"Do you think anyone else escaped?" asked John.

"We can hope. After all, Alan and I happen to be the closest to D-A. Perhaps there will be others who will join us later," said Bob.

"It would help my plan," said John.

"Your plan?'" inquired Alan.

"Yes, you don't think that those two visitors to Winter Camp were an accident do you?"

Alan and Bob shook their heads and joined John, as he proceeded down the treacherous path towards the Beaver Creek Building.

No one was expecting any sign of life at the BC Building, but they were pleasantly surprised to see that it had not been completely destroyed. The building stood dark, with a bank of windblown snow on its porch. A tree had fallen on the road nearby, otherwise the area looked free of damage.

"I'm a bit disappointed," said Alan. "There is no second story."

"No underground transportation network either," said John. "Welcome to the real world."

Once inside the cabin, Bob slipped on a small patch of ice just inside the doorway, an obvious sign of a leaky roof. "I wish we had a flashlight," he said.

"Sorry, I don't have one. Perhaps a candle will do."

John removed a candle from his makeshift pack. Soon there was enough light to investigate the cabin. Most of the contents were there as expected: bunks, tables, chairs, and the kitchen appliances.

The 30-year-old stove had seen some better days, but it looked like it might function. John turned the gas valve and lit a match. Fortunately the old stove still produced a dependable flame and soon all six burners were ablaze. Since the cabin did not have any electric power, using the electric heaters was not an option, so the stove provided a welcome source of heat.

Having not had anything to eat since their departure from the Lapeer NVR Center, Alan and Bob were more then pleased when John produced several cans of food from his pack. They each decided to have a can of tuna fish and to share a can of yellow cling peaches. To complete the meal, John provided a canteen of almost frozen lemonade.

"I don't suppose food is very plentiful?" inquired Bob.

"It may be," said John, "but I had to search a bit to find these. I don't how much more will be readily available."

Dinner now consumed, the next pressing matter was the need for sleep. In the world they had left, sleep had become more of a recreational activity, but now all three experienced weariness of the body. Alan hauled several mattresses into kitchen to build a bed next to the stove. The arrangement he described involved sleeping next to the stove, using mattresses both underneath and as covers. They would sleep close together to preserve warmth. While Alan worked on the bed, John coaxed the oven into to action to add its output to that of the six burners.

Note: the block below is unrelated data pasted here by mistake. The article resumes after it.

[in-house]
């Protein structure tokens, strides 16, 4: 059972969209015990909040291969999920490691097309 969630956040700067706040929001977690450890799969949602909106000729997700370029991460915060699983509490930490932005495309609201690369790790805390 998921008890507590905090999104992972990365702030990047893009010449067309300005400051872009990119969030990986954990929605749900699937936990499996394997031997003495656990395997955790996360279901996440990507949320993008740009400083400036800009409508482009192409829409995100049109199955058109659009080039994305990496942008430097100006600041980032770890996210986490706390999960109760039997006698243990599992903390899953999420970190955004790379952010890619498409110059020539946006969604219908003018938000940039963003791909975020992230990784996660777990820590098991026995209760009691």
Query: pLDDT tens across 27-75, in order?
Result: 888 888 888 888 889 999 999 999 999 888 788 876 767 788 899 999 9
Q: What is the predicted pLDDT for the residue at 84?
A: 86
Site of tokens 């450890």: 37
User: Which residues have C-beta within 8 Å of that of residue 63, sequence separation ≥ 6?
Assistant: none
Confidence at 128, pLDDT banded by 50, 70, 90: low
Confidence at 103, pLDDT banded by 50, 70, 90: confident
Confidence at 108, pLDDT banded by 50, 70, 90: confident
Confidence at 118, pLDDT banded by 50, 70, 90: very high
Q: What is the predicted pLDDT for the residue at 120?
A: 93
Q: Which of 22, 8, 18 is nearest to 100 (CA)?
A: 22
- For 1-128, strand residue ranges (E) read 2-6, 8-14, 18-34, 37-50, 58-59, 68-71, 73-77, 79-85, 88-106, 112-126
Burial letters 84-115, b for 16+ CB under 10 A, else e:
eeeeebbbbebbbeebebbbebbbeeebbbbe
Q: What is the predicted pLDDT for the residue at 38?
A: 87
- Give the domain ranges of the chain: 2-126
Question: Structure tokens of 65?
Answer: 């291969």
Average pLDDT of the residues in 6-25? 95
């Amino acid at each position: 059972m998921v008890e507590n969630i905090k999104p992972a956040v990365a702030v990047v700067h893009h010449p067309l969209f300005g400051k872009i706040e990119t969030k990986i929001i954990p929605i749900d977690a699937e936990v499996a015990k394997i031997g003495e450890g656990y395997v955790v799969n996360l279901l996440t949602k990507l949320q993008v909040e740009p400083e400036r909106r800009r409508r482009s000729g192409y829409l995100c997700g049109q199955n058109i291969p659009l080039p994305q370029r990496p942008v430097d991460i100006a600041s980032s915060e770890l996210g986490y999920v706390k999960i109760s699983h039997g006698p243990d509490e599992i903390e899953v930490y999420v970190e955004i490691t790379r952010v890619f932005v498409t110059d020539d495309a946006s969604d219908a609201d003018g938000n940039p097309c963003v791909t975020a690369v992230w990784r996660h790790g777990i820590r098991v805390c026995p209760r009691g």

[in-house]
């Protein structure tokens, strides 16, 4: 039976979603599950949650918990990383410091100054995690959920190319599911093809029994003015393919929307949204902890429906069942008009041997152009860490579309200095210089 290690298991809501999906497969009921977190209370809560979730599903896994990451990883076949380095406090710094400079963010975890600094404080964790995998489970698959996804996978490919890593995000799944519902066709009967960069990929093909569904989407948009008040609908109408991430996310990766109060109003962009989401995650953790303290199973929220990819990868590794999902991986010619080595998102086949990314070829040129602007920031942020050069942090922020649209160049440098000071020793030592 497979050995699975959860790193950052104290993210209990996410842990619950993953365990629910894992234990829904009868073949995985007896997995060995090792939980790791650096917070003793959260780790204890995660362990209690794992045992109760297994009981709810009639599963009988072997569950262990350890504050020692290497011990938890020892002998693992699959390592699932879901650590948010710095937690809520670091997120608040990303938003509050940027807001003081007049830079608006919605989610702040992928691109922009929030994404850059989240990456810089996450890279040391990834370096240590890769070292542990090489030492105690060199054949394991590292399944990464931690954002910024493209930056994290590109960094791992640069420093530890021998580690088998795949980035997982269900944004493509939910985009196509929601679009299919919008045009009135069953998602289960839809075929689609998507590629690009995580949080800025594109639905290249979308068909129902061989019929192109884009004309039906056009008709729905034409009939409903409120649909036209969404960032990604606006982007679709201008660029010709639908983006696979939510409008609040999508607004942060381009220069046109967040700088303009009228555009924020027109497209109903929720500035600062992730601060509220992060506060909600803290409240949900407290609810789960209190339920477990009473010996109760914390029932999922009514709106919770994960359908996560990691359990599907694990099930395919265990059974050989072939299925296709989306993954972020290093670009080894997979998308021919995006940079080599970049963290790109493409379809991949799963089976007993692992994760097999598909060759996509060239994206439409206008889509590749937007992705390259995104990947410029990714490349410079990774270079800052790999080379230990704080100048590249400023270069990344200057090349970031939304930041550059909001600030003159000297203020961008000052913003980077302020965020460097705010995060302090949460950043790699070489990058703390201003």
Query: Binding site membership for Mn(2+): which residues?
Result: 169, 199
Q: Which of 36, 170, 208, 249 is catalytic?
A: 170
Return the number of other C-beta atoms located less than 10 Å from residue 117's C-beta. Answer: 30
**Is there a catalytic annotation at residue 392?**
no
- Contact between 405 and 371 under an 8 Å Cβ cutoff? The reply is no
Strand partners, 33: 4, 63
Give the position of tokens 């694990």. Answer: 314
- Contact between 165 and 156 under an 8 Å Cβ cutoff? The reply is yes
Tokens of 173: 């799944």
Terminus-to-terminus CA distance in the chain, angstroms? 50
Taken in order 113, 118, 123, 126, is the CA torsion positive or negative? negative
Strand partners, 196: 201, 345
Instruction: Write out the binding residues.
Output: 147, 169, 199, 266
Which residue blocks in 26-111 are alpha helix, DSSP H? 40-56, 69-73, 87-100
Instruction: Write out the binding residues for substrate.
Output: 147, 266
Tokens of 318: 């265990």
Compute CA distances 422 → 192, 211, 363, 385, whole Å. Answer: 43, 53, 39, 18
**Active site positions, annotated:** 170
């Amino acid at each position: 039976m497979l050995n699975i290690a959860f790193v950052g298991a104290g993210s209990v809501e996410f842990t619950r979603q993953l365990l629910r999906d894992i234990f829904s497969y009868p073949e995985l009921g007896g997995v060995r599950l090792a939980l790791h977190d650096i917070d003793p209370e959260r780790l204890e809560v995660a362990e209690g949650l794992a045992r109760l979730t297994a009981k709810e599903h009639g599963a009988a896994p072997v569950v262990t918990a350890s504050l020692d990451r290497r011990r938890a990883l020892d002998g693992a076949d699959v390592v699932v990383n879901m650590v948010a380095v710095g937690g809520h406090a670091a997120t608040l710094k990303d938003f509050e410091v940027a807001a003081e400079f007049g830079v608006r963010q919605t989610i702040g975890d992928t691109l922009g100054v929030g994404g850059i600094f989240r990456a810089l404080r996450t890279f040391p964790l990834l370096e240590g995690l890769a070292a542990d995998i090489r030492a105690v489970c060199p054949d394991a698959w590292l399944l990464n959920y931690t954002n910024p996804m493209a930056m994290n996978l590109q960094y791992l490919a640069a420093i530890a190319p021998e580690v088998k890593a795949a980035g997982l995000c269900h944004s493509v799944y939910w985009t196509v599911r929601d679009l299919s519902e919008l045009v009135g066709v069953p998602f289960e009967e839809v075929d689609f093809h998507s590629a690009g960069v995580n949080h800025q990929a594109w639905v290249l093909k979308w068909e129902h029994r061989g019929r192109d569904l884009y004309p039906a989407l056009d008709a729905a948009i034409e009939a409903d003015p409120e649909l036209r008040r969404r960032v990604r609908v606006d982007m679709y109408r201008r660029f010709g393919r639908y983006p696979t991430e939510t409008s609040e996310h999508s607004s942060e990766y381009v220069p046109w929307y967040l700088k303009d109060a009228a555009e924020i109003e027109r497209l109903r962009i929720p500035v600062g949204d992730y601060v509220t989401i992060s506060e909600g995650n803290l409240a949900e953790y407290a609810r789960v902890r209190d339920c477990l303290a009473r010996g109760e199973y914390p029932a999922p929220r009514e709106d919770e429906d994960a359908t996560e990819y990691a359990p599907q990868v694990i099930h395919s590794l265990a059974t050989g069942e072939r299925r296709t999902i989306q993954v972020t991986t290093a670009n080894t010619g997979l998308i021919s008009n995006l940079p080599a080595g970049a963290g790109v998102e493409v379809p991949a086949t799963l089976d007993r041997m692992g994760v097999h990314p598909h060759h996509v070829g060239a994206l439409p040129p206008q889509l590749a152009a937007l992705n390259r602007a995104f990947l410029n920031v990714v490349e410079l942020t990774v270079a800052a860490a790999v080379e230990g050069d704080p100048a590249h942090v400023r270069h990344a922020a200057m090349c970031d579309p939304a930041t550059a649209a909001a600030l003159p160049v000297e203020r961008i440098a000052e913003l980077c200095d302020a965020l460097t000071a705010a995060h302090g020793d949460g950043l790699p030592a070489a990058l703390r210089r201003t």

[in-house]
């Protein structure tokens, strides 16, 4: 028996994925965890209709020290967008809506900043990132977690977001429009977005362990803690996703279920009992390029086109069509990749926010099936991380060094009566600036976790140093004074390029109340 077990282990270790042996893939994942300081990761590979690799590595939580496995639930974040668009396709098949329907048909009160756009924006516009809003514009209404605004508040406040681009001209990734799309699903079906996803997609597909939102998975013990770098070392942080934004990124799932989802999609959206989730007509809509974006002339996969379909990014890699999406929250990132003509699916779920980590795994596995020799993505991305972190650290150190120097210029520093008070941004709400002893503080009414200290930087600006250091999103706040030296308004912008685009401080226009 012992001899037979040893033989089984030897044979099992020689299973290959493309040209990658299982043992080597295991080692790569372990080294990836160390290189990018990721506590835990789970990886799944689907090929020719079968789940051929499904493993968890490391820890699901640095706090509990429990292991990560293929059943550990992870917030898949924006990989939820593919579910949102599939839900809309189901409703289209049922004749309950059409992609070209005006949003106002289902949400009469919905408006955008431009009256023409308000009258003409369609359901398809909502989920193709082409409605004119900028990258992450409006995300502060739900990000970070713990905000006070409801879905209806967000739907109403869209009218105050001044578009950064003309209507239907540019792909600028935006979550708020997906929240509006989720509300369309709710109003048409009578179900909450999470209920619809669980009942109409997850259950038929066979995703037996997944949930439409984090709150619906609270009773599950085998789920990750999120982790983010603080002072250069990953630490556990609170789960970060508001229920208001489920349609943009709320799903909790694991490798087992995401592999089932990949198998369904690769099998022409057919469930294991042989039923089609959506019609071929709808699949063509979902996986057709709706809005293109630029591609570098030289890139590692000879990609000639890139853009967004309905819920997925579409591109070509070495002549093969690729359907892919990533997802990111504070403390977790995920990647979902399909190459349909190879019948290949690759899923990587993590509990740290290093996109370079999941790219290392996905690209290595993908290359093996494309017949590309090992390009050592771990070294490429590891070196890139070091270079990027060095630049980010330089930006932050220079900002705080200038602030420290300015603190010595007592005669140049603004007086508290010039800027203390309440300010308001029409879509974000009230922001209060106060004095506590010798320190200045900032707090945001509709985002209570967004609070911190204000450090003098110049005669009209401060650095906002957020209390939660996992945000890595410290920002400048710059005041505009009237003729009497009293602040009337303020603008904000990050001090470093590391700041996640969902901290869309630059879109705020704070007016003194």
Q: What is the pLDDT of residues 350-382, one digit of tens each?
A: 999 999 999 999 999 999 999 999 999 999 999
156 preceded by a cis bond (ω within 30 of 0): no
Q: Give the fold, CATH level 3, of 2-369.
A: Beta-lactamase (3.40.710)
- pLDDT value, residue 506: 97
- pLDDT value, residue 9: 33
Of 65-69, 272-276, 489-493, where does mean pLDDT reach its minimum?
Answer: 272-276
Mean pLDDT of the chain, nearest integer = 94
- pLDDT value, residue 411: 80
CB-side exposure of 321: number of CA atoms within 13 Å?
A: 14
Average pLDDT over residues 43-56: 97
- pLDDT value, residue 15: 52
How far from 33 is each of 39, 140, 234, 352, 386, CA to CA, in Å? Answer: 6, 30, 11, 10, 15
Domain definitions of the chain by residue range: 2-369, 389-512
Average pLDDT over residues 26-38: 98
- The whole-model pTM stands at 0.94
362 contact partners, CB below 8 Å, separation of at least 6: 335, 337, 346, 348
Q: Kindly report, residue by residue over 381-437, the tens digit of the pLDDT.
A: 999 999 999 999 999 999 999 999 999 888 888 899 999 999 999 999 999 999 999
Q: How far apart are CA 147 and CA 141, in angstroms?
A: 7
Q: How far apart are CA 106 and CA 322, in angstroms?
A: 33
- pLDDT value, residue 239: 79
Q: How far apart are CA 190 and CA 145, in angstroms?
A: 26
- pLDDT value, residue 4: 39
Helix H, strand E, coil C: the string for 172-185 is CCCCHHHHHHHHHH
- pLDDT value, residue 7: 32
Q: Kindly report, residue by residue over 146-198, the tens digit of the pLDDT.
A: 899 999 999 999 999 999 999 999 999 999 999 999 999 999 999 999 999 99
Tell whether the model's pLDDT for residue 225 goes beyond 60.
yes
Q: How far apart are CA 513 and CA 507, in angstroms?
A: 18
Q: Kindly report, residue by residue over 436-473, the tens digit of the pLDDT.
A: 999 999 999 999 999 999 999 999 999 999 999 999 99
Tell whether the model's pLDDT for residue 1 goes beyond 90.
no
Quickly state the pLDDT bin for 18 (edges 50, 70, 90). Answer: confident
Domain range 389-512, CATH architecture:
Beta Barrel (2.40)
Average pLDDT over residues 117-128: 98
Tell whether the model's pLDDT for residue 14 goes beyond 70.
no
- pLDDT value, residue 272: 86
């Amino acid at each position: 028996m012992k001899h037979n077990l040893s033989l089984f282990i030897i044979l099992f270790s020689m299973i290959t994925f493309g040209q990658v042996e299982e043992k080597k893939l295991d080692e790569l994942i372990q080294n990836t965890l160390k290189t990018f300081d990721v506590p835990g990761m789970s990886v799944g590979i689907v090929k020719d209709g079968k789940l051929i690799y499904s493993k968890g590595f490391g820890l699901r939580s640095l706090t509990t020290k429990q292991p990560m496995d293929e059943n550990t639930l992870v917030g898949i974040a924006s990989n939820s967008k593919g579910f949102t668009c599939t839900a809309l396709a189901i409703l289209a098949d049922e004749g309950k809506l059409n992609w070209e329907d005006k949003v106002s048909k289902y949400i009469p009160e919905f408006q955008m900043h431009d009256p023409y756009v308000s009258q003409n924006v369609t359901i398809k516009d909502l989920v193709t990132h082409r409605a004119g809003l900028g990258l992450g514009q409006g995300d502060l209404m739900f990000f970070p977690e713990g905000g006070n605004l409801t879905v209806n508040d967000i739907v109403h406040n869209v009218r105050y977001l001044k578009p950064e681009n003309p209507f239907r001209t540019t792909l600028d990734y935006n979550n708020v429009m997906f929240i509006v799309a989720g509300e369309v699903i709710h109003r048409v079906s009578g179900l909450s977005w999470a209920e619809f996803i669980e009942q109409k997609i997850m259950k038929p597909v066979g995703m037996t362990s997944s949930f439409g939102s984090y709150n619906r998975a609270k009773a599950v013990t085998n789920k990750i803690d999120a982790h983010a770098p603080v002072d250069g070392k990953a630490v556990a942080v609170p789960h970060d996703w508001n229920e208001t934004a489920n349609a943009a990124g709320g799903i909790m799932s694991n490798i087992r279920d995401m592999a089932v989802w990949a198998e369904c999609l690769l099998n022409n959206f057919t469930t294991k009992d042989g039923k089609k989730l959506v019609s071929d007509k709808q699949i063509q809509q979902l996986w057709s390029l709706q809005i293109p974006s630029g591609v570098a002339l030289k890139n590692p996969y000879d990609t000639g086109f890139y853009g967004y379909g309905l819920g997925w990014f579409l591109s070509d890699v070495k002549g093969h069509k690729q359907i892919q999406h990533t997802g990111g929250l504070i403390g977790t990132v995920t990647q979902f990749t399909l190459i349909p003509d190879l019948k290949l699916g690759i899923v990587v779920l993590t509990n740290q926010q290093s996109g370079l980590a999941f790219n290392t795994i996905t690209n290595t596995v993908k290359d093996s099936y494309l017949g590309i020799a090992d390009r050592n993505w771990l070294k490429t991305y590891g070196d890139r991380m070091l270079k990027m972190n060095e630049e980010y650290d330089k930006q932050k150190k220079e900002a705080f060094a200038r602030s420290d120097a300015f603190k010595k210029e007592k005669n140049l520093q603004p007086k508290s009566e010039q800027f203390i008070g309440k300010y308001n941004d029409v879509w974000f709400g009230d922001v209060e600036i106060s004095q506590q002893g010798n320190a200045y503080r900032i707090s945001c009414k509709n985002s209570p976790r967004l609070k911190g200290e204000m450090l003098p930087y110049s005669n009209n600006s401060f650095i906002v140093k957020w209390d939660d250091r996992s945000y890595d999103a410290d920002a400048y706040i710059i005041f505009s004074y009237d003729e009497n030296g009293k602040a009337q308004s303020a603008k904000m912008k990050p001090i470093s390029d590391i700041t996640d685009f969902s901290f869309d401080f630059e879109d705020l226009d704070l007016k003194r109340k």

"I'll bet no one has ever slept in the BC Building using mattresses as blankets," said Bob.

"Perhaps not," said Alan. "However, I think they will be thermally efficient. I must believe that we're in store for many new experiences. I only hope that we will be able to save the others."

"A matter best settled in the morning," interrupted John.

The hours of darkness offered some sleep, but mostly discomfort. Bob Hartwig slept closest the stove and was actually too warm during most of the night. He was eager to stretch his legs at first light on the day he reckoned to be first of the new year. "Welcome 2031," he said to no one in particular.

Bob squeezed by the stove around the counter into the main room. While the direct rays of sunlight had yet illuminate this longitude, in the soft light of early dawn he could perceive a strange object on the floor in the center of the room. He had no recollection of seeing anything there when they went to bed. As he approached the object he realized that it was of human form.

"Oh my God!" he shouted.

The figure slumped on the floor was the most despicable looking person he had ever seen. The clothing looked like the poor fellow had ripped the hide off a wild beast and used it as his own bloody covering. His hair was long and caked with what appeared to be the outflow of a septic tank. Bob could not see the face amidst the mess of hair.

Alan and John quickly sprang to action. They helped Bob roll over the body on its back and push the hair off the face. The identity of this creature that looked like it belonged in hell could not be mistaken. It was Tom Ray and he was alive.